There have been more methods developed over the years. An overview article written in 2018 by ScienceDirect (opens in new tab) lists out URL-based detection, layout recognition, content-based detection. The former often lags behind phishers as databases are updated slower than new websites appear. Layout recognition is based on human heuristic and is thus more prone to failure. Content-based detection is computational heavy.
We will be paying slightly more attention to layout recognition and content-based detection as these are complicated processes that benefit greatly from web scraping. Back in the day, a group of researchers had created a framework (opens in new tab) for detecting phishing websites called CANTINA. It was a content-based approach which would check for data such as TF-IDF ratios, domain age, suspicious URLs, improper usage of punctuation marks, etc. However, the study had been released in 2007 when automation opportunities were limited.
Web scraping can improve the framework immensely. Instead of manually attempting to find the outliers, automated applications can breeze through websites and download the relevant content within. Important details such as the ones outlined above can be extracted from the content, parsed, and evaluated.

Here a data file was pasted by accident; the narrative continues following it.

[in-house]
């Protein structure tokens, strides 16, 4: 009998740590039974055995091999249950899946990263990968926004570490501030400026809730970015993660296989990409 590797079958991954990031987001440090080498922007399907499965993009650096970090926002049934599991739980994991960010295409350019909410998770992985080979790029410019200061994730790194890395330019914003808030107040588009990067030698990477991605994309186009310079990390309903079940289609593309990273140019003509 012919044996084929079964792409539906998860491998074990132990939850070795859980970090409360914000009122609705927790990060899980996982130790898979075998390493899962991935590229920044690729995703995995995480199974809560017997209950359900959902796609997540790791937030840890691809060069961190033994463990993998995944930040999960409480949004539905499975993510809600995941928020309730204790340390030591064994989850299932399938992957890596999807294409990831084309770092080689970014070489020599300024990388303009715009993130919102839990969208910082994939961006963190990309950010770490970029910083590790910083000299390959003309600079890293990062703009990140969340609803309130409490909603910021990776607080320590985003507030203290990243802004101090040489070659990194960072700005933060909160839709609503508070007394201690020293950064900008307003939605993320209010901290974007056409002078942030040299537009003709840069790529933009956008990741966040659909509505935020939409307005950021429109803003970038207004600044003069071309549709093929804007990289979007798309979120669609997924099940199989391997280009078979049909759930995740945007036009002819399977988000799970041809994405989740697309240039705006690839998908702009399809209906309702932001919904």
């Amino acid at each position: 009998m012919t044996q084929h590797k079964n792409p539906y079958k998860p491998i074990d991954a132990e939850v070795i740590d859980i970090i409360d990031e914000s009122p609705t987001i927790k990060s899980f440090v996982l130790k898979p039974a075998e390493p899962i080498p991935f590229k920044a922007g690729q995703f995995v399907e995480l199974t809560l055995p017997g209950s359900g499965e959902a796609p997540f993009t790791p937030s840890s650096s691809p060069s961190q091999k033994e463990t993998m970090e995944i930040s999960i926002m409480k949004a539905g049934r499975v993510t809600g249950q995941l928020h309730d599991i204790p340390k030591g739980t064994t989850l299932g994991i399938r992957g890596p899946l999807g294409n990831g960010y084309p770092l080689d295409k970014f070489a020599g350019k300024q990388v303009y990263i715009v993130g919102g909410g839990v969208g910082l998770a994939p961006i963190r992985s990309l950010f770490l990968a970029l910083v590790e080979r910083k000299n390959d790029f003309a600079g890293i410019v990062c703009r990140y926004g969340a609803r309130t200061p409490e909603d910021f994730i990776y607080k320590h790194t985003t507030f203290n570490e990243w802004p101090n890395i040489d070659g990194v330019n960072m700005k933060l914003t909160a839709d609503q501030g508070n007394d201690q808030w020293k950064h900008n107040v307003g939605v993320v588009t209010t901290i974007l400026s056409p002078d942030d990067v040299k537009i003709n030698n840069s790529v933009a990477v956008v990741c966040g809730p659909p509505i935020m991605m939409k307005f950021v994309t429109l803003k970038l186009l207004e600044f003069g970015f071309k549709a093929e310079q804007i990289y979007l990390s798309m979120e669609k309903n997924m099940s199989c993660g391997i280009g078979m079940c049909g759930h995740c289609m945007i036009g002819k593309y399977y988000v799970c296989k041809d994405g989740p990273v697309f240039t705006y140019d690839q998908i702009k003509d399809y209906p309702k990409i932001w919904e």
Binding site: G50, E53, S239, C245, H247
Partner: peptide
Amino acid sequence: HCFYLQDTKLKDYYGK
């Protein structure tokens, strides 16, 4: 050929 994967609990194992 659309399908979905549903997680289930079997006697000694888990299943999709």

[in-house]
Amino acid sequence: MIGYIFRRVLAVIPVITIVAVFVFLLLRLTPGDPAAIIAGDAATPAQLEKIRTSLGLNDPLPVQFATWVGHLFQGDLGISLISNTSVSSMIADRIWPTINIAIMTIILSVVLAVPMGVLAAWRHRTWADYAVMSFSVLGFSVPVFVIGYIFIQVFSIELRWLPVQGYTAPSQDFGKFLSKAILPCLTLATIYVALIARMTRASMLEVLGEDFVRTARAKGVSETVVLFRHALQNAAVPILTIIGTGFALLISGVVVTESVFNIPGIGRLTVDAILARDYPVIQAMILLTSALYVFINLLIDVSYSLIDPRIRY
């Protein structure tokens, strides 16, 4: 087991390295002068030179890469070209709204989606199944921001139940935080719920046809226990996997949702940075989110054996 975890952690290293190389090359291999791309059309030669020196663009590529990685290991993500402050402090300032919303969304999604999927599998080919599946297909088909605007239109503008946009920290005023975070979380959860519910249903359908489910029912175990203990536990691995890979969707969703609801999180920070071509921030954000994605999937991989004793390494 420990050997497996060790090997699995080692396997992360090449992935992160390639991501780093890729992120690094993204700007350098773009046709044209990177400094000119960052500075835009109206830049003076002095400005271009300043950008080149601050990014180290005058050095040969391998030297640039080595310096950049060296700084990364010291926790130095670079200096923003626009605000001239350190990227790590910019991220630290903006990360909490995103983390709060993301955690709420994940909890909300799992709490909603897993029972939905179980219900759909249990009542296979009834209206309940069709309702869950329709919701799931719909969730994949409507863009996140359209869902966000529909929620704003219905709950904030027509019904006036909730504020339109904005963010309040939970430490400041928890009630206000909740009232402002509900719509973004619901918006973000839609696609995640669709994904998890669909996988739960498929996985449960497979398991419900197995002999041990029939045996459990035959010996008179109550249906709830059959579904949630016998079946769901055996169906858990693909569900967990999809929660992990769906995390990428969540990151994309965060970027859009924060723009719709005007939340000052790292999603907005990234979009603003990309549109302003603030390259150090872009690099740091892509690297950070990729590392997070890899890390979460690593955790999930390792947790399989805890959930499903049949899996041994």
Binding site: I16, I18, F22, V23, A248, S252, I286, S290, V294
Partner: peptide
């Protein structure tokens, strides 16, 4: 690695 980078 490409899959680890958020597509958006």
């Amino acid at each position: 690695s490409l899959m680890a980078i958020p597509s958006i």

Building a net
CANTINA, developed by the researchers, had a drawback – it was only used to prove a hypothesis. For these purposes, a database of phishing and legitimate websites had been compiled. The status of both was known a priori.
Such methods are suitable for proving a hypothesis. They are not as good in practice where we don’t know the status of the websites ahead of time. Practical applications of projects similar to CANTINA would require a significant amount of manual effort. At some point, these applications would no longer stand as “practical”.
Theoretically, though, content-based recognition seems like a strong contender. Phishing websites have to reproduce content in a nearly identical manner to the original. Any incongruences such as misplaced images, spelling mistakes, missing pieces of texts can trigger suspicion. They can never stray too far from the original, which means metrics such as TF-IDF would have to be similar by necessity.